Content is available for students of all abilities. Whether your student knows a little bit of French already or has only just started to learn the pronunciation of the alphabet, FluentU has them covered.

Though not technically a course, the app version is handy. It provides flashcards and a dictionary, making the learning process simpler for your students.

There is also a feature that tracks your students’ progress and sets daily goals to help them stay on track.

Practice Makes Perfect: Basic French

The Practice Makes Perfect: Basic French coursebook is useful as a backup for your home educated student’s resources.

The book covers a wide range of vocabulary that appears frequently in dialogues and written communication.

There are 50 lessons in the Practice Makes Perfect: Basic French coursebook. Every lesson features a review section to help your student remember the words they have learned.

Your student will encounter a selection of topics, including ‘around the house’, ‘the classroom’, and ‘subject pronouns’.

Also included in this coursebook are translation activities that aim to test your student’s knowledge.

Living Language French, Complete Edition

With the Living Language French coursebook, your homeschooled students will also get audio CDs to help them practice their listening skills.

These audio CDs feature audio exercises and conversations.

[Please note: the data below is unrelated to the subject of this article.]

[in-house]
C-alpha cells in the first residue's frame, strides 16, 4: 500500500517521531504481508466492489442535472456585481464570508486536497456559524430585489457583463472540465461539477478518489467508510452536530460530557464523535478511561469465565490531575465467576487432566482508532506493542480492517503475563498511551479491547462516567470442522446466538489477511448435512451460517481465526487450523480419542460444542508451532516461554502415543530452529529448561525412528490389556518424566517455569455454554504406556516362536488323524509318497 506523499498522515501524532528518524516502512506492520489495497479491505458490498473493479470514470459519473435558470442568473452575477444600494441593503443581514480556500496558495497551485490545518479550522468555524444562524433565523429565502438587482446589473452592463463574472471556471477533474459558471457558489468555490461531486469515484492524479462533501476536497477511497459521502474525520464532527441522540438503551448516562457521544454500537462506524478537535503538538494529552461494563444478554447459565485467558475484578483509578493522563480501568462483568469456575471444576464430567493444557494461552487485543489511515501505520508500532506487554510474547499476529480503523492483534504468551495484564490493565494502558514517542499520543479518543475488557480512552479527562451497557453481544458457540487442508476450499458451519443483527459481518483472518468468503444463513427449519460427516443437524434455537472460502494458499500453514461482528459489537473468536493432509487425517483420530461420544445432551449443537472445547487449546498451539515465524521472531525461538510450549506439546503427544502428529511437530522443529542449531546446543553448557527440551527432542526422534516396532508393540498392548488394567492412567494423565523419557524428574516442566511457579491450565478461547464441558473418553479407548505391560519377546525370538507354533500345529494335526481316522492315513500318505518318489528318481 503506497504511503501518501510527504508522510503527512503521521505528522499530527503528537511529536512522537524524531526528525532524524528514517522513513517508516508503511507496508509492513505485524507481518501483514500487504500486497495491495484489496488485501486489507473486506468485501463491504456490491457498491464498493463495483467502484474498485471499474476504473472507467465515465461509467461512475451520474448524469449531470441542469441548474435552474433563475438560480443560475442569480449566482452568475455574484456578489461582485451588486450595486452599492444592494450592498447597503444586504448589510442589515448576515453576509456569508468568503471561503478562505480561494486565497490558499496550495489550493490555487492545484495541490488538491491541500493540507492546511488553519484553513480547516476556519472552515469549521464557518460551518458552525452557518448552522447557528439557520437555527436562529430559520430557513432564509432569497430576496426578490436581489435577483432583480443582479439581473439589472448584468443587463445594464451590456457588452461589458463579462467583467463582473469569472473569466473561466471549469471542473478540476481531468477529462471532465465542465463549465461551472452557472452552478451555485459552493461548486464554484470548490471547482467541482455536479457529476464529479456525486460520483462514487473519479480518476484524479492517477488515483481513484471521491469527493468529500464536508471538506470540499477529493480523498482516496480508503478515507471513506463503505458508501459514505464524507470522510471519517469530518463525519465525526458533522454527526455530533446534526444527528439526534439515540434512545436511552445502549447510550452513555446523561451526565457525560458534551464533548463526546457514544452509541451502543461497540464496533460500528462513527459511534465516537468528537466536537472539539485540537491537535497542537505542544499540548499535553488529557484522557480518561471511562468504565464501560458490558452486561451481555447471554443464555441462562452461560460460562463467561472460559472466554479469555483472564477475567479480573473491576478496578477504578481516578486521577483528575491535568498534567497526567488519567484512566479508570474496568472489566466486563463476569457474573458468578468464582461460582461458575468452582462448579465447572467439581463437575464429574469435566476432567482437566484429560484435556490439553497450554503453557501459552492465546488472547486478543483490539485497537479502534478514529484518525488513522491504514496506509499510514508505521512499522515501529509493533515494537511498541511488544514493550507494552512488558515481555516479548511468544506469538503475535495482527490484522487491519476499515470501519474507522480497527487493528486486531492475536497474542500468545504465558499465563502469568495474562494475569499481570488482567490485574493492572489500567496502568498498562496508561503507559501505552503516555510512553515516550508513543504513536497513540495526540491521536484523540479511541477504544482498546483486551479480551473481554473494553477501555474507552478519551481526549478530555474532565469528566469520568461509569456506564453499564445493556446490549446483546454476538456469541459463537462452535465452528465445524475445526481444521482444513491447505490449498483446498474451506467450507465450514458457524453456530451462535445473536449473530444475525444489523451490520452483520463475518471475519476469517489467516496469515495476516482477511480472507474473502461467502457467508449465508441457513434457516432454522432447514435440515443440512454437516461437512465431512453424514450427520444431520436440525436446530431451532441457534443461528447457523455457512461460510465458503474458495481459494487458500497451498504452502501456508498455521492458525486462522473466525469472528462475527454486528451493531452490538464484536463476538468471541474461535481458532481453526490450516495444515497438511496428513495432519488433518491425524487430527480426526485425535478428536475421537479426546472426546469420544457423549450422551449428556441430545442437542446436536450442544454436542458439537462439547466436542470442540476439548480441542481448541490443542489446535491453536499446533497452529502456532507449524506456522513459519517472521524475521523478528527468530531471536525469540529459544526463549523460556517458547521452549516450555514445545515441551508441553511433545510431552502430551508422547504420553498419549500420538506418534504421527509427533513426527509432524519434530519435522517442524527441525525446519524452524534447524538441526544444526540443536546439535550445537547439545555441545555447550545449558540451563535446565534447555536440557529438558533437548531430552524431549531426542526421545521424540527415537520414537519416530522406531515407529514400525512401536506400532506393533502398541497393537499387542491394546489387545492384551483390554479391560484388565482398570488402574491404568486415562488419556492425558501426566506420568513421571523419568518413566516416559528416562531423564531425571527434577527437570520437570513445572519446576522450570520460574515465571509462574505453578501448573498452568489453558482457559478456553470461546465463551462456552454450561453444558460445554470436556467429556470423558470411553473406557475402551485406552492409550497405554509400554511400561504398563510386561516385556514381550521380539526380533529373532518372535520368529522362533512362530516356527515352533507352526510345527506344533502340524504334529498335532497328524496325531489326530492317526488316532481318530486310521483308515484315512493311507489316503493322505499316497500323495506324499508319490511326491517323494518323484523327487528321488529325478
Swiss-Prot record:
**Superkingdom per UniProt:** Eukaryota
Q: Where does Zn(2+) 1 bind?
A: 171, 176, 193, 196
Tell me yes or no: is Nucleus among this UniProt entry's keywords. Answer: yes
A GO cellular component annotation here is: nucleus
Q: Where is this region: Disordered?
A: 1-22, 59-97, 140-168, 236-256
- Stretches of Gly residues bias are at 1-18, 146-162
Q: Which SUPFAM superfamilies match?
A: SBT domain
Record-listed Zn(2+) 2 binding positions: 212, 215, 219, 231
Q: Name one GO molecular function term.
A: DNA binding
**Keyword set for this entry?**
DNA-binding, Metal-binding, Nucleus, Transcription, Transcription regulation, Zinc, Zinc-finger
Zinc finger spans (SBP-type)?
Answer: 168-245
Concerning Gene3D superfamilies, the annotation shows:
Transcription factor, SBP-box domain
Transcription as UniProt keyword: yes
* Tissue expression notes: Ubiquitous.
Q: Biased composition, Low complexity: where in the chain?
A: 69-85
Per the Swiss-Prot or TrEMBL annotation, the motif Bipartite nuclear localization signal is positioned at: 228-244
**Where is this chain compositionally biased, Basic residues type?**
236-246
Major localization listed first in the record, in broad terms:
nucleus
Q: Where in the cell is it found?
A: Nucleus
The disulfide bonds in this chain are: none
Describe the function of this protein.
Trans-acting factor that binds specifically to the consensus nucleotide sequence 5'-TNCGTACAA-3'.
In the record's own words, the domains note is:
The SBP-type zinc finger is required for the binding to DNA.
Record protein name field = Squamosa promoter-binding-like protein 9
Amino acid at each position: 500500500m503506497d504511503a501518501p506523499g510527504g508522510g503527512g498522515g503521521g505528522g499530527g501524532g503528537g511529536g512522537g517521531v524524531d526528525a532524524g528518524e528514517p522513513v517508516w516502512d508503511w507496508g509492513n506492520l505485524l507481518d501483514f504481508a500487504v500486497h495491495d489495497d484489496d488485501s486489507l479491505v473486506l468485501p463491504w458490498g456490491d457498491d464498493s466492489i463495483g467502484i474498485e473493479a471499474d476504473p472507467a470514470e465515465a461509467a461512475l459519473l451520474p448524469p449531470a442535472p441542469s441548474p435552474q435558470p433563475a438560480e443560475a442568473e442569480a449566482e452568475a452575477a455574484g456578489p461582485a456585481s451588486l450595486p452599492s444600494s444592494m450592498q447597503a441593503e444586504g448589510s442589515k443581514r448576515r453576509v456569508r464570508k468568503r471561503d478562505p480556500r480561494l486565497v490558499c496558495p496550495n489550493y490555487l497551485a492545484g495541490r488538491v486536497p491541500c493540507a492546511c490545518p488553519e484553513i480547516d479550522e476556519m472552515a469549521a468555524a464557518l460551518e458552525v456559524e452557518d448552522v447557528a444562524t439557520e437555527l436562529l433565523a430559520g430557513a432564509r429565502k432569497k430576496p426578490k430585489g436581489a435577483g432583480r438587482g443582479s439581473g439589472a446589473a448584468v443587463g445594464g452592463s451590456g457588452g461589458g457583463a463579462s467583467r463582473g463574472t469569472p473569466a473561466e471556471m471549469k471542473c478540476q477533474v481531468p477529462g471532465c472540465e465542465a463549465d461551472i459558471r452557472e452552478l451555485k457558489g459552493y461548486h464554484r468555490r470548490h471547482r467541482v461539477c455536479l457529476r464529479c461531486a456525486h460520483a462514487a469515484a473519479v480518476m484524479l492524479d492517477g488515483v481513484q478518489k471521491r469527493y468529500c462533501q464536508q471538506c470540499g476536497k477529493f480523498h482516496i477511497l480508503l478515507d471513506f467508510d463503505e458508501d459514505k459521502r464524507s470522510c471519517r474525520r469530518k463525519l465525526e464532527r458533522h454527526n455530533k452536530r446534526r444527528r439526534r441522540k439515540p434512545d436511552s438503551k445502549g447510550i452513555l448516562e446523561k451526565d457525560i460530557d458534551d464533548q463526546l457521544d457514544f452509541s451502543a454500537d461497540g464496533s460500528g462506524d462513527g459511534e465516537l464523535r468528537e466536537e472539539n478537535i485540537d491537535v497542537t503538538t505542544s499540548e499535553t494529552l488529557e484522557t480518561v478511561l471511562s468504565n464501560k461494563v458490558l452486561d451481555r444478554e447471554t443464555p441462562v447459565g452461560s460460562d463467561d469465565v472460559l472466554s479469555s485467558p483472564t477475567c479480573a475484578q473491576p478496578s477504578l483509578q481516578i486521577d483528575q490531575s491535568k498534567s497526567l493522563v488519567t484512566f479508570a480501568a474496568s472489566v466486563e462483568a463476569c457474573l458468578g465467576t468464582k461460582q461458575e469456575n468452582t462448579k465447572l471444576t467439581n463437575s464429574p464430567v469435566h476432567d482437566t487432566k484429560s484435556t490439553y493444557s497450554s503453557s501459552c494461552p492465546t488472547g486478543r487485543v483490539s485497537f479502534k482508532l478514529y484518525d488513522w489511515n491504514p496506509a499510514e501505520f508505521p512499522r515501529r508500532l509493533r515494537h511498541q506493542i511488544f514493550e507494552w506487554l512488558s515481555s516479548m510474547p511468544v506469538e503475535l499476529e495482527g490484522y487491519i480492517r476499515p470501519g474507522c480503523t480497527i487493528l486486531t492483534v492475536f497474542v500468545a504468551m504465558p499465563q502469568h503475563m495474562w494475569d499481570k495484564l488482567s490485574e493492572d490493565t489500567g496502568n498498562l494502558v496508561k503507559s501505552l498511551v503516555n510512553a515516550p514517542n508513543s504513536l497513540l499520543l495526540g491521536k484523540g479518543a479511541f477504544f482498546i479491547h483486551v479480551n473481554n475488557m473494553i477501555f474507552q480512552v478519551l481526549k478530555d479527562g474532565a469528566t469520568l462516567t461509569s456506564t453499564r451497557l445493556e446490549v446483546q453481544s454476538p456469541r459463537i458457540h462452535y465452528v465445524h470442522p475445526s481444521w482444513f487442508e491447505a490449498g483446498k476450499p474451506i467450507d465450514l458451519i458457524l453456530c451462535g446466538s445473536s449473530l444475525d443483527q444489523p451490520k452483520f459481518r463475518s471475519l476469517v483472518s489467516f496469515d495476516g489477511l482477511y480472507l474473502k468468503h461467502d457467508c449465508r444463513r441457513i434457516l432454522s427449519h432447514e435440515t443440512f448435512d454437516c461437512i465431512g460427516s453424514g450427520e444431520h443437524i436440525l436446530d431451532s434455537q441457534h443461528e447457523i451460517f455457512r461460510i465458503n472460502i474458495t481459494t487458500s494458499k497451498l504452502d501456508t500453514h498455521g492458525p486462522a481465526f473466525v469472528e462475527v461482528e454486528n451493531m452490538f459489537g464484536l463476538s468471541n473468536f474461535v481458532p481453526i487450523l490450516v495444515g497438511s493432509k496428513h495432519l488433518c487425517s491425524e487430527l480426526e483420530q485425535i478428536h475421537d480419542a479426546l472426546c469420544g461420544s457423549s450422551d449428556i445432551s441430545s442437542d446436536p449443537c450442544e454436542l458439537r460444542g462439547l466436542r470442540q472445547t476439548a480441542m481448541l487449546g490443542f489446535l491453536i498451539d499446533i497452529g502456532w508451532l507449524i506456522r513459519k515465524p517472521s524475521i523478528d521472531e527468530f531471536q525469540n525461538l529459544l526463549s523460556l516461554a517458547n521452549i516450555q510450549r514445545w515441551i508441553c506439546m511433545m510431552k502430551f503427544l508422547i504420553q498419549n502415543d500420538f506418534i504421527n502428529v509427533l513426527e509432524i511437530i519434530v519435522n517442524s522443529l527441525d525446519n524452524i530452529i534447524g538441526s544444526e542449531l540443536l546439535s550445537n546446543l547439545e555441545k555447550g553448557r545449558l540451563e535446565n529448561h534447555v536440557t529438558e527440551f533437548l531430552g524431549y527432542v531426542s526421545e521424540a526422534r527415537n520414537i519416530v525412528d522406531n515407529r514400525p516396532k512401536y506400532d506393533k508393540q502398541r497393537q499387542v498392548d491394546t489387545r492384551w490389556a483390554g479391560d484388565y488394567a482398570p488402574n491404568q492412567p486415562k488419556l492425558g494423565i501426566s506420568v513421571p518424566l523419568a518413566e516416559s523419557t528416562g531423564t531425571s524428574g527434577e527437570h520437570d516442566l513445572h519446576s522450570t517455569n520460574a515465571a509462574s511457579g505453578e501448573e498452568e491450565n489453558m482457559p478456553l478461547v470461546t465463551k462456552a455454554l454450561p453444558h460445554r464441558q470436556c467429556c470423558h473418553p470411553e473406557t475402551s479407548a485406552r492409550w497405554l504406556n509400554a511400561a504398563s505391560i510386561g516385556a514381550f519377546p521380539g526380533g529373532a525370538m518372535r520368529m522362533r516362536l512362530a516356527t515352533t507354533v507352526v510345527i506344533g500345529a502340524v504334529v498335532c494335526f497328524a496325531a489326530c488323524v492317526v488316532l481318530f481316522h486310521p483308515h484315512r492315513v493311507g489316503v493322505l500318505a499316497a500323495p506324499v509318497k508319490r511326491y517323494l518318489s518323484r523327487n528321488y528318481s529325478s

An online platform is also available, which features plenty of flashcards and engaging games to help your students keep focused.

Quizzes can also be found on the online platform, so your student will be able to monitor their progress and know which skills to focus on from the results.

French Grammar for Beginners

If French grammar is one of your student’s weaker areas, this French Grammar for Beginners coursebook is a good idea.

It contains 30 lessons and over 300 exercises focused on grammar.

As with many of the courses listed here, this coursebook is divided into sections. Some of the content includes themes such as ‘greetings’, ‘the verb être’ and ‘negation’.

Your students will also get access to audio files, which will improve their listening skills and help them model their French pronunciation on the native speaker’s.

Keep your students engaged from home with courses and apps

It’s not easy to keep your homeschool students focused.

The key is to carefully select your French courses, apps and textbooks to make sure your students stay engaged.

The courses and apps we have featured on this list are a good starting point to help your student on their way to staying committed to French.

Make your choice and give your student’s skills a boost!

Would you like to see any other homeschool French apps or courses on this list?

Share your contribution in the comments just below!

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Donovan Nagel
Donovan Nagel - B. Th, MA AppLing
I'm an Applied Linguistics graduate, teacher and translator with a passion for language learning (especially Arabic).
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Duo lingo was my first resource ever. I used it during the first ever national lockdown then I hired a paid for private tutor earlier this year in January. That helped me a lot too. There are tons of free and cheap resources which are readily available online and at your local bookshop etc in addition.
Try looking at some recommended workbooks and text books on Amazon for starters and also see if you can even find yourself a good quality tutor on top of that. Purchase a effective and easy level workbook or two. Use Spotify to find music.